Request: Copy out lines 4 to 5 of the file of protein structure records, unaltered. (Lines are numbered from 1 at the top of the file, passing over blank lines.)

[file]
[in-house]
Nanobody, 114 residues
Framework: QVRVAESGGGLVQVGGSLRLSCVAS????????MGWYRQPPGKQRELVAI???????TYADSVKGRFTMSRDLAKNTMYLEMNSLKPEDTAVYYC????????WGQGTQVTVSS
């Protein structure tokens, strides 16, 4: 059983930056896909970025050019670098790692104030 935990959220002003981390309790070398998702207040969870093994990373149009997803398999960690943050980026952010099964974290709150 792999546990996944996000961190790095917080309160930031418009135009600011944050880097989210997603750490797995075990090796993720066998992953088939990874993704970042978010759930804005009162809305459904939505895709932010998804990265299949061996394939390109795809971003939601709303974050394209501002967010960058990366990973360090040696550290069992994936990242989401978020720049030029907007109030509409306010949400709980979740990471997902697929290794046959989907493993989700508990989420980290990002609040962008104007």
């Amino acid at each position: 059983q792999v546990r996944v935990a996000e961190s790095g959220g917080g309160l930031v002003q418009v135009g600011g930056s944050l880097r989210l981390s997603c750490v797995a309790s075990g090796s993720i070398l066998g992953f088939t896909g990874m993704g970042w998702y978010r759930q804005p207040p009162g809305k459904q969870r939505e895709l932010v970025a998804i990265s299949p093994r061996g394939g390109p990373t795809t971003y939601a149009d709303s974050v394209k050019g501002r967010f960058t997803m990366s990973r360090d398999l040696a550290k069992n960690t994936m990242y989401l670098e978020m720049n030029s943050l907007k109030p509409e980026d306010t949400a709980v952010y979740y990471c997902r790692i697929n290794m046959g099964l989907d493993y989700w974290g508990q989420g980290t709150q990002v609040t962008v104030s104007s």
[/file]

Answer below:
């Protein structure tokens, strides 16, 4: 059983930056896909970025050019670098790692104030 935990959220002003981390309790070398998702207040969870093994990373149009997803398999960690943050980026952010099964974290709150 792999546990996944996000961190790095917080309160930031418009135009600011944050880097989210997603750490797995075990090796993720066998992953088939990874993704970042978010759930804005009162809305459904939505895709932010998804990265299949061996394939390109795809971003939601709303974050394209501002967010960058990366990973360090040696550290069992994936990242989401978020720049030029907007109030509409306010949400709980979740990471997902697929290794046959989907493993989700508990989420980290990002609040962008104007």
């Amino acid at each position: 059983q792999v546990r996944v935990a996000e961190s790095g959220g917080g309160l930031v002003q418009v135009g600011g930056s944050l880097r989210l981390s997603c750490v797995a309790s075990g090796s993720i070398l066998g992953f088939t896909g990874m993704g970042w998702y978010r759930q804005p207040p009162g809305k459904q969870r939505e895709l932010v970025a998804i990265s299949p093994r061996g394939g390109p990373t795809t971003y939601a149009d709303s974050v394209k050019g501002r967010f960058t997803m990366s990973r360090d398999l040696a550290k069992n960690t994936m990242y989401l670098e978020m720049n030029s943050l907007k109030p509409e980026d306010t949400a709980v952010y979740y990471c997902r790692i697929n290794m046959g099964l989907d493993y989700w974290g508990q989420g980290t709150q990002v609040t962008v104030s104007s």